We humans fool the poor old milk cows. A cow will have a calf. Then she’ll produce milk for the calf for a certain time. But we fool her into thinking we are the calf with a never-ending appetite.

But that won’t go on forever. Eventually she has to be “freshened,” as we call it, to get the milk supply started again. Romance is what she needs. So there’ll come a time — a farmer can read the signs — when she needs a little loving.

That was a hated time for me. That meant leading her to the community bull.Not just everybody kept a bull Someone has written that there’s no meaner animal alive, wild or tame, than a full grown Jersey bull. Strange, because Jersey cows are usually very gentle. Old Fan was, at least.

To keep a bull you had to have very strong fences. You didn’t want him getting out all the time. Cousin Bailey had the Jersey bull in our area. Daddy, before he went off to his job, would instruct me, “Just lead her over to Bailey’s and he’ll take care of the rest, and then lead her back.

Sounds so simple. It was about a two-mile trek. Old Fan, as I say, was a very gentle cow. I learned to milk on her. But you had to pass by houses and pastures. Here’s a typical scene:

Mrs. Johnson had a flower bed right by the road, and she tended it religiously. It was the best tended flower garden in the … whoa! Mrs. Harrison just up the road had one too. Maybe they were in competition. But you could count on it: one or both of them would be taking care of the flowers when Fan and I came by. I hated those flowers.

Mrs. Johnson: Hey, Bobby. Where are you going?

(I’m standing there, holding the halter rope, and old Fan is standing there. Where did she imagine?)

Me: Oh, it was such a pretty day, I thought me and old Fran would go for a stroll. (All the cows in the pasture come running up, sensing that something big is going on.) Those cows: Moo, moo, Moom.

Old Fan, as I jerk on the rope and tell her, sotto voce, to shut the hell up: Moo, moo, moo.

Mrs. Johnson: Tell your mother I have plenty of butterbeans if she wants them.

Me: Yes’m.

(Something about this business speeds up the elimination process in cows.)

Mrs. Johnson: How’s your brother Jack doing since he had that wreck?

Cows: Moom, moo. Plop, plop.

Me: Oh, he’s just fine.

Cows: Moo, moo. Plop, plop.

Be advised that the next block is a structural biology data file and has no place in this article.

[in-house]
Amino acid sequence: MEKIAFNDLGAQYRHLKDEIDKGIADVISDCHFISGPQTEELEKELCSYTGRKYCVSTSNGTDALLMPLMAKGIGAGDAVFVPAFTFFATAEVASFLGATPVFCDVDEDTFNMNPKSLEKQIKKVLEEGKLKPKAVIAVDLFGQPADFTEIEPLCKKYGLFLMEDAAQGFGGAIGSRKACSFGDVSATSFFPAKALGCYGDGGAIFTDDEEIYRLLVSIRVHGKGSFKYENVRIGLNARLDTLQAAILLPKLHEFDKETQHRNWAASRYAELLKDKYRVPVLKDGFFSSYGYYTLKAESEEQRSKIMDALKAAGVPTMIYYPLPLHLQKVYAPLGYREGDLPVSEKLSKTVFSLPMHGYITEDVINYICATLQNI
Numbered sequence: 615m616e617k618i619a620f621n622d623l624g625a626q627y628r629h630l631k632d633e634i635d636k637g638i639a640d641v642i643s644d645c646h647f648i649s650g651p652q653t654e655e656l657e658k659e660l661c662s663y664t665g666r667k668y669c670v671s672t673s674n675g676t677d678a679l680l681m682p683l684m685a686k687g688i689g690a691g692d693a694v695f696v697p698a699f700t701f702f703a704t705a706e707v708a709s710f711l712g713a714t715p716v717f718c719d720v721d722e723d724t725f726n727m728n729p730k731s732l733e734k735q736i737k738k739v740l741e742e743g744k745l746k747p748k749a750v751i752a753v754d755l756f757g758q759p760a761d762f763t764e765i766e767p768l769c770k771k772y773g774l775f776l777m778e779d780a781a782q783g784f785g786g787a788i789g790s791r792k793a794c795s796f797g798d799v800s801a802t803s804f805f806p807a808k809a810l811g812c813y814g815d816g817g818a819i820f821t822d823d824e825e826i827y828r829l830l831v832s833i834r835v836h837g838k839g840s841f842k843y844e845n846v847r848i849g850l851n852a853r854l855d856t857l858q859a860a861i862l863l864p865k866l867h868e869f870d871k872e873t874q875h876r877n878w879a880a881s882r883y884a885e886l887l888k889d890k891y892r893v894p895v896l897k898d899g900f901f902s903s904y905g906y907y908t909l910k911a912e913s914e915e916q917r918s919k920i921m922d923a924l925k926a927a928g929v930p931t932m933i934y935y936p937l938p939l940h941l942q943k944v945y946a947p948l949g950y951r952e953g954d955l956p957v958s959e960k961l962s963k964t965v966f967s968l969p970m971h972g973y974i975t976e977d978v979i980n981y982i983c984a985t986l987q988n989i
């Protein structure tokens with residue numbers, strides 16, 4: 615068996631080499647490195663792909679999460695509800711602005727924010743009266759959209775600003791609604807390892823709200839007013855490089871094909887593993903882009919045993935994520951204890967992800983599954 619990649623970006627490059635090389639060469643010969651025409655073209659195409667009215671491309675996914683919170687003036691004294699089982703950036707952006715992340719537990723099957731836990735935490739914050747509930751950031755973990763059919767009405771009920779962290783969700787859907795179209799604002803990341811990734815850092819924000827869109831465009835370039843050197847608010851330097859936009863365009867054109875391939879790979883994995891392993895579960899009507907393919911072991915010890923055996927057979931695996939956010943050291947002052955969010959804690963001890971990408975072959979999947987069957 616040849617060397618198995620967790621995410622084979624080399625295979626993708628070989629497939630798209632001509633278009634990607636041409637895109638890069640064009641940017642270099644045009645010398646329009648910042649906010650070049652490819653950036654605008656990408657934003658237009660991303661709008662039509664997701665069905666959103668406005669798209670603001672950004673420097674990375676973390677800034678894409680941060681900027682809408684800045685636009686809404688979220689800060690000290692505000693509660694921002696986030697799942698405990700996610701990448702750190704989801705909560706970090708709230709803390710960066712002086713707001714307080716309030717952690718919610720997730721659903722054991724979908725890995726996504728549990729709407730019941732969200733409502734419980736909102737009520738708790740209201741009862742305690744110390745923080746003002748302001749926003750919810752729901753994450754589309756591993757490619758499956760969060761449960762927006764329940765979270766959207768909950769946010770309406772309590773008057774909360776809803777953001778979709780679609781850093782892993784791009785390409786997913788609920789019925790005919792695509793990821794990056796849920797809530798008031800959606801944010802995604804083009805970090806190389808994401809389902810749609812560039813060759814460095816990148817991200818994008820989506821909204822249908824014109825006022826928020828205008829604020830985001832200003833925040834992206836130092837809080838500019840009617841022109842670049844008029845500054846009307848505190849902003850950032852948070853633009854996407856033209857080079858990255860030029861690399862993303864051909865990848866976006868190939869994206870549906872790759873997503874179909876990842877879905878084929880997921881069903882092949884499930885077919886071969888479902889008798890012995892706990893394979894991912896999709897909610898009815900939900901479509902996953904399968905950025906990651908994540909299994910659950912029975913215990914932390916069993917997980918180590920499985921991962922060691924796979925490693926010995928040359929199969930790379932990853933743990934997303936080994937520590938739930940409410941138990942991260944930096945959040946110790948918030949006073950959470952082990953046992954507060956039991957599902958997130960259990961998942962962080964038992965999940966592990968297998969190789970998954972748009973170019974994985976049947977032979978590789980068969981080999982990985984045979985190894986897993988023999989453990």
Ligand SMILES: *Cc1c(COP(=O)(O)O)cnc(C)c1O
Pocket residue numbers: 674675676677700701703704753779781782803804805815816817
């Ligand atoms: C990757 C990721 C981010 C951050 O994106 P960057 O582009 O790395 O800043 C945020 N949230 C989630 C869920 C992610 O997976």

Me: Well, I guess we better go on. See you later.

Mrs. Johnson: Well, ‘mmm, tell your mother about them butterbeans.

Me: Yes’m. And to old Fan, in her ear, you sorry, low down, …

Old Fan: Moo, moo. Plop, plop, plop.

Then, up at Mrs. Harrison’s place, it’s the same thing again: Law, me, those are pretty flowers.

Finally, thank goodness, nobody is at home at the next two or three houses, and I’m there.

This scene, in retrospect, always makes me smile and wonder. I lead old Fan into the Bailey’s front yard, praying that he will be somewhere in sight so I can go directly to him. But, no-o-o-o-o. Cousin Alma comes to the door. You know the routine:

I’m standing there with a cow, Bailey has the only bull in the community, and cousin Alma says,”Whatcha’ doin’, Bobby?”

Me: Urh, is cousin Bailey around?

Cousin Alma: Oh yes, he’s in the back yard. I’ll get him.

Whew! What a relief! Everything’s okay now. The bull, wherever he is in the pasture, somehow knows it’s time to go to work. Dangerous as he is, he pays not the slightest attention to me or to Bailey, but goes to work immediately. What’s the old saying? Get a job you like and you’ll never work a day in your life. Both animals soon seem quite content with the world, and it’s time to go home.

No problems on the way back. The pasture cows seem only mildly interested in her now. The flowers are growing in peace. I hope everything “took,” as we say, and that I won’t have to make that walk again for a long, long time.


Bob Sanders is a veteran local radio personality, columnist, author and raconteur of note.